In our last blog, we talked about glaucoma symptoms and glaucoma testing to help you see if you may have glaucoma and if so, share what you can do to protect your eyesight.
If you don’t have signs of glaucoma, or wonder why you, a relative, or friend developed glaucoma symptoms, we gathered some information for you. Everything we share here is based on published research by glaucoma experts.
Glaucoma risk factors are often based on your age, family history, health, and heritage. Compared to the general population, your odds of developing glaucoma may be:
How likely am I to have glaucoma?
Glaucoma risk factors based on race and ethnicity have been discovered in long-term research studies with various groups.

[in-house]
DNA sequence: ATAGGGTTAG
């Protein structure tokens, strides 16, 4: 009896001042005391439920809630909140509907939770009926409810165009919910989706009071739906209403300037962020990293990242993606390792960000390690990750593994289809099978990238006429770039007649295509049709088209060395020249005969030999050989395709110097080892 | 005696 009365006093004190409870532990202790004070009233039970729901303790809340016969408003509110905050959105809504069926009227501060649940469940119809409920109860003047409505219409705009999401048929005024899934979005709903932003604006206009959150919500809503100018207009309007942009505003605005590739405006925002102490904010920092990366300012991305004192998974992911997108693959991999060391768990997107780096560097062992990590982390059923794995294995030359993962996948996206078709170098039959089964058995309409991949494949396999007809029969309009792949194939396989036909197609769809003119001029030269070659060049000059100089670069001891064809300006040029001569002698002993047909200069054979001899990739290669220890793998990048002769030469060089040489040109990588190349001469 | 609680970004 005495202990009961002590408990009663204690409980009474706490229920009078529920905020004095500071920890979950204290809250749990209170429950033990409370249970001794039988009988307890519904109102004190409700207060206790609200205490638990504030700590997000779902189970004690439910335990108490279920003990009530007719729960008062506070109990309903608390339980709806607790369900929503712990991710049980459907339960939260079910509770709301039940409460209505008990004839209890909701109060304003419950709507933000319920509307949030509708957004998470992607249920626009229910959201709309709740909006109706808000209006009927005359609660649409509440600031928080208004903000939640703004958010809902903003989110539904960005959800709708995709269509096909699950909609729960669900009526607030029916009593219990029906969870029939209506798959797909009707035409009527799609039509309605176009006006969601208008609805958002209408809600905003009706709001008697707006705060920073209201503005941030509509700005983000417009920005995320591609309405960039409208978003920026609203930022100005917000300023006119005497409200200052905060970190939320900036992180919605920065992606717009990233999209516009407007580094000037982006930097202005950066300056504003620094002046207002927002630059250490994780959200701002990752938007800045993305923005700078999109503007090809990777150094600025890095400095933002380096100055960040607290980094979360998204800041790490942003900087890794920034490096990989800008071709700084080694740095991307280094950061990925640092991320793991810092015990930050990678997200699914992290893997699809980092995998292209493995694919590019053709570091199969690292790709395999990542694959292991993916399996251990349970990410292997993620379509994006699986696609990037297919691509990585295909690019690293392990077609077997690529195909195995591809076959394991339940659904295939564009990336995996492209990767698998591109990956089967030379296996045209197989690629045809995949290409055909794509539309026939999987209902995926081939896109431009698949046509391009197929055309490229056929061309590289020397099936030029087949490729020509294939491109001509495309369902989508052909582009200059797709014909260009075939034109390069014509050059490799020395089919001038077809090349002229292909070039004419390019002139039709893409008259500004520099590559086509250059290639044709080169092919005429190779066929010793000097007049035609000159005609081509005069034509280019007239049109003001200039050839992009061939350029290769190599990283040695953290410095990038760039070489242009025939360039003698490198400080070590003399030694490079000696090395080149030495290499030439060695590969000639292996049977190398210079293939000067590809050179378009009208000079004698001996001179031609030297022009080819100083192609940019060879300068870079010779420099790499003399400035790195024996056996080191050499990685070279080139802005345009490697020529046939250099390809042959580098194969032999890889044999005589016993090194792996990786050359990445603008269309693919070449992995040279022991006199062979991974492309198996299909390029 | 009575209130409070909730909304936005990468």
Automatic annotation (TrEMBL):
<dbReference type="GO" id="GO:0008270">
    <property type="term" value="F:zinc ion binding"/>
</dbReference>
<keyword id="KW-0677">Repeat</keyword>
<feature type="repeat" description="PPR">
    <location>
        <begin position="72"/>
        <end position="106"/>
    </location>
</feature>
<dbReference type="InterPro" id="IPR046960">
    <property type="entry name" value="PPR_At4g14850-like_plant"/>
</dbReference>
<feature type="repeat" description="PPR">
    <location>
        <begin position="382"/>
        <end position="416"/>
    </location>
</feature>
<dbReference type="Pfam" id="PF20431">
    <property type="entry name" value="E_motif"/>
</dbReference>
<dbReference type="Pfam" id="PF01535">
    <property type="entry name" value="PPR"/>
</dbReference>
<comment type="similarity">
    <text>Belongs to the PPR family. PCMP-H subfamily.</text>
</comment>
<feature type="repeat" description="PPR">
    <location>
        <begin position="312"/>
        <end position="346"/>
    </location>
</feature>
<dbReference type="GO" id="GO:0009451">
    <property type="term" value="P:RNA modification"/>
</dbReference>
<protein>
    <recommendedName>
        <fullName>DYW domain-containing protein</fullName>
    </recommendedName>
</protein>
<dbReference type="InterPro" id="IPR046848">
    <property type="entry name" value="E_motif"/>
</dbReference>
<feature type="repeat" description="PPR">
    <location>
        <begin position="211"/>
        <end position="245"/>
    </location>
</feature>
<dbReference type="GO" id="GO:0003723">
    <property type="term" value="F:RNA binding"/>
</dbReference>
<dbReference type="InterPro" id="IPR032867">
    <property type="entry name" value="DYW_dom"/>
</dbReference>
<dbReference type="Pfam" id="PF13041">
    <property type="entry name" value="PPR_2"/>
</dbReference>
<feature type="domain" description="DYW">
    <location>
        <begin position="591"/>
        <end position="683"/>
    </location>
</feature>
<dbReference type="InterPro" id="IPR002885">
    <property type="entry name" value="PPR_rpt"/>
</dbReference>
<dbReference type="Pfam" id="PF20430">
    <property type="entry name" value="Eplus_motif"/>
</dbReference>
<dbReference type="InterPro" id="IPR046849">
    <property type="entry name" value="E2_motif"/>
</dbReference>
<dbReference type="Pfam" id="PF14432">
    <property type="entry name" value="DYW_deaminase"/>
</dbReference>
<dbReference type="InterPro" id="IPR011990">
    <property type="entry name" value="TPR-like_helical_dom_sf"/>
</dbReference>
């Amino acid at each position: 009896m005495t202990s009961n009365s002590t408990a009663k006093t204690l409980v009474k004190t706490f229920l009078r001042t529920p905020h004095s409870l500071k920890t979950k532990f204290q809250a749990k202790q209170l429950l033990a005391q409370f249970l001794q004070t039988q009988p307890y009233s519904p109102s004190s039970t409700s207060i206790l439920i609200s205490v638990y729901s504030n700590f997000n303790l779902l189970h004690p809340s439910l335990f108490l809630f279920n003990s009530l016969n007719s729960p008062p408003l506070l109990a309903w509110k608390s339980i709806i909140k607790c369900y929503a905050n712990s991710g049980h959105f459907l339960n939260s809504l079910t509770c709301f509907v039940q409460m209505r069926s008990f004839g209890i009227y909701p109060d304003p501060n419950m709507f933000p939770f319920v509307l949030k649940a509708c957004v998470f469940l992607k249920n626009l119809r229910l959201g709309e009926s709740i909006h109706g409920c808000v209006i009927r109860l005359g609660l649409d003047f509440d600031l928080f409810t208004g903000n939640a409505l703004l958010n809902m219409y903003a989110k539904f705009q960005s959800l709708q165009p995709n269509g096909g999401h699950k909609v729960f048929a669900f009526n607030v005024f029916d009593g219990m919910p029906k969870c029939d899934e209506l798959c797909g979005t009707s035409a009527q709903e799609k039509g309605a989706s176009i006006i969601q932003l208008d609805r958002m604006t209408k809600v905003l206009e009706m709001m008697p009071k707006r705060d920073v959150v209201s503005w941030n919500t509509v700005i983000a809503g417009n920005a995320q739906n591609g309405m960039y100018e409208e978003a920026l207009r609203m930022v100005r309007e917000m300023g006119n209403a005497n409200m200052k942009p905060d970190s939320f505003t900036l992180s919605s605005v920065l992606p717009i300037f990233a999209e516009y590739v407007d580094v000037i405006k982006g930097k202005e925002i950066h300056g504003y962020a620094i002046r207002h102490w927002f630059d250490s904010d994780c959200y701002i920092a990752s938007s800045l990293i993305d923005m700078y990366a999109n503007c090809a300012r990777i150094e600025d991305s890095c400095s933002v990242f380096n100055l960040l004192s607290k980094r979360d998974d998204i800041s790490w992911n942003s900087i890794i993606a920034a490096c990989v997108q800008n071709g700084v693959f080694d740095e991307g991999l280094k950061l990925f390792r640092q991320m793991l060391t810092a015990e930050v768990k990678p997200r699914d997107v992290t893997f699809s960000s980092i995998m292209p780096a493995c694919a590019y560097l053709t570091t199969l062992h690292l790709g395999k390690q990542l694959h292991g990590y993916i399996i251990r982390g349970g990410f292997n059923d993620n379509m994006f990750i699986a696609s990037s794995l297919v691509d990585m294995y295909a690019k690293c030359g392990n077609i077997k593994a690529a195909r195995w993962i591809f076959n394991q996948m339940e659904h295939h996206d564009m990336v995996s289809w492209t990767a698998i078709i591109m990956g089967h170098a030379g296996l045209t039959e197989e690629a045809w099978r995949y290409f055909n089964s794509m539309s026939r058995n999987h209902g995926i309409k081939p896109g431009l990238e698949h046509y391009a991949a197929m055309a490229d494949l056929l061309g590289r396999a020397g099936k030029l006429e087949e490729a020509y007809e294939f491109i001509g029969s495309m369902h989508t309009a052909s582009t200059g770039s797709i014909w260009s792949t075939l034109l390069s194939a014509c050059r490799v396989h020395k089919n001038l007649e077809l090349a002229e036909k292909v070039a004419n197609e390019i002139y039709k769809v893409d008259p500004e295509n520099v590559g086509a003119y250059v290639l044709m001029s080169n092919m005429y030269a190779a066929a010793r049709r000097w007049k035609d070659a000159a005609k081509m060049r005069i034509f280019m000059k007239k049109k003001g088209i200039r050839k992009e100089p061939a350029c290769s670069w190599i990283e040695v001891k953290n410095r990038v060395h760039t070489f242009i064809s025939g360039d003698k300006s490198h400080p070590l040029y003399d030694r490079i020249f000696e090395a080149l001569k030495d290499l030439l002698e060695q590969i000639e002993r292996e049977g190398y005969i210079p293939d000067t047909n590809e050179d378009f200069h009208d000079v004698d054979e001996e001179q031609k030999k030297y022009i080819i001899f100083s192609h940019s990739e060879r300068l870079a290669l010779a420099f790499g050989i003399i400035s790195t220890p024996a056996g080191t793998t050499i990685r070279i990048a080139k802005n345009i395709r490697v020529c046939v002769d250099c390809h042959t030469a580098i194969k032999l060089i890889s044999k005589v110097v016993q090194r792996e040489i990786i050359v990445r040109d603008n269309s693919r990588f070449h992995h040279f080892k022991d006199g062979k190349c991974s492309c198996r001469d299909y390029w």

Major eye-disease studies led by Rohit Varma, MD, MPH, Director of the Southern California Eye Institute, include the Los Angeles Latino Eye Study, African American Eye Disease Study, and Chinese American Eye Study. They are the largest studies ever conducted on the impact of eye disease in these groups.
Based on the studies, here is important information on you and your family should know: Latinos, compared to the general population, may be:
African Americans, compared to the general population, may be:
Asian Americans, compared to the general population, may be:
The goal of this series of weekly blogs is to help you feel informed and confident, wherever you are in learning about glaucoma.
In SCEI Glaucoma Blog #3, we talk about the most common types of glaucoma. More than 9 out of 10 people who have glaucoma have open-angle glaucoma.
Visit sceyes.org/blog weekly to learn more.
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